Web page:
If you had told me, after listening to the highly southern and spicy mix that is Cowboys from Ukuhelle, that OSOG were from Israel I might have asked you to repeat yourself – until you said the right answer. Not Mexico? The way they wove that Texicana sound was a dead native giveaway, or so I thought. Now how about this factoid – the members of OSOG used to play in a Pantera tribute band. Needless to say, these guys are all over the map and carry a lot of musicianship wherever they go for whatever project they’ve chosen. Following a few long nights jamming on acoustics, the band switched gears and embarked on an 11-month steady rehearsal routine until they had the arsenal of songs and finances to match. This was surged heavily by a fantastic showing of fan support in the form of what we would call a “Go Fun Me” account.
I was very impressed by this group’s website. It doesn’t necessarily speak for the music, but it definitely set me up for some quality expectations. The opening track “ Medicine” is stoic and chanted with country-fried intensity. I picture it as the so-long anthem of a gunman in the West taking his last stroll through town with a bullet wound.
I don’t think my ears can get back the vocal entry on “Blue.” Take it down a notch my friend. The song builds into a sweeping bar frolic and the growl finds a much better home in that context. “B.S.H.” rides like a jolly ole Johnny Cash number and then it’s over before you know it. However, it does return later in the album at a boot stomping tempo. The next track is a fun party song that borrows the refrain of “Wake Up Little Suzy” but puts a nice modern twist on it – “Wake Up in a Jacuzzi.” That’s funny and also a little alarming.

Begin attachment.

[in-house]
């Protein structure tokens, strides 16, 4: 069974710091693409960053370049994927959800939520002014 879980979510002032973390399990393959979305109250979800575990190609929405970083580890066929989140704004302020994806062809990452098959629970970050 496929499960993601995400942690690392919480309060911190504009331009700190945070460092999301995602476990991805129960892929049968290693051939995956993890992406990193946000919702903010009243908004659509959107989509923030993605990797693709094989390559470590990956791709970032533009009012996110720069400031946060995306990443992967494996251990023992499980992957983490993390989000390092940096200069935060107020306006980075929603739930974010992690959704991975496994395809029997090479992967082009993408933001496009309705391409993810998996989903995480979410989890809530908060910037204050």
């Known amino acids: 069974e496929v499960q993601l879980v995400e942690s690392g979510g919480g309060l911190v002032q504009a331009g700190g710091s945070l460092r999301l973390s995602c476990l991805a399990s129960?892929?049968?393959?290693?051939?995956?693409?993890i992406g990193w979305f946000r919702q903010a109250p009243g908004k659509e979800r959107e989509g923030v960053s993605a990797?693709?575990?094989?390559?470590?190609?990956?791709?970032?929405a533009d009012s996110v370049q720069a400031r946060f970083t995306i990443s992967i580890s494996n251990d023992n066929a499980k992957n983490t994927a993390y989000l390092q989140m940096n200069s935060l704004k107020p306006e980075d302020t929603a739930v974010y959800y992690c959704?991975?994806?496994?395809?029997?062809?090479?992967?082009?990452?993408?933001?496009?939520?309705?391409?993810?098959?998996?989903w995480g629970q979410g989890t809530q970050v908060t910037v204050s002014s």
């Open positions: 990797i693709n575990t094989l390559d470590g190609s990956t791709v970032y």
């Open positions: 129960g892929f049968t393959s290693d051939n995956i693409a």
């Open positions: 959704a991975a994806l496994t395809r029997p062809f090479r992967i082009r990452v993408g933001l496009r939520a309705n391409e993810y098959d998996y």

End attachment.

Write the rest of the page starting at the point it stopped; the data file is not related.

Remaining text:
“Quixote” is beautifully done. Performed with stylistic excellence and perfect sound production from the string picks to the hi-hat stomps. It blurs the lines of “Hotel California” for just a second and then covers up with some authentic Mexicana magic.
“Please Don’t Leave Me” has a 60’s west coast feel as if the sound decided to travel a few miles up the Tijuana border. “Government is Organized Crime” hits the nail on the head. I’ve always had a special place for the active minds out there that know when something is corrupt. Hats off to you OSOG for being bold with your thoughts. The chorus is pronounced like a last rights with a chamber of drawling baritones that resonate even after the song is over.
Pet Knives comes from the rainy lands of Seattle and their music is somewhat of a reflection in that it rains more than it shines. But the group always has an underlying tone of positivity. You just have to pierce the veil of fuzz and drone on their EP Papercuts to gather and appreciate their real intentions.
“Big Black Hole” comes right out the gate with jabbing rhythms and booming spacious percussion. The vocal delivery glides in like Say Anything, but the music resides in something that is purely Pet Knives. Production quality is on point; the mix is a touch saturated but it’s nice to hear every level of composition even on laptop speakers rather than wait to hear those hidden gems on surround sound. I can’t relate too much to this track, but it serves as a great introduction nonetheless – very moody and outside the box. The guitar frowns along a wilting melody while atmospheric sounds swirl and project.
“Empty Mess” is a little bit too much like the name. Not that it was a wreck of a track, but the soundscape was timid and dry. I liked the style, but thought that more attractive ideas were possible despite the minimalist approach.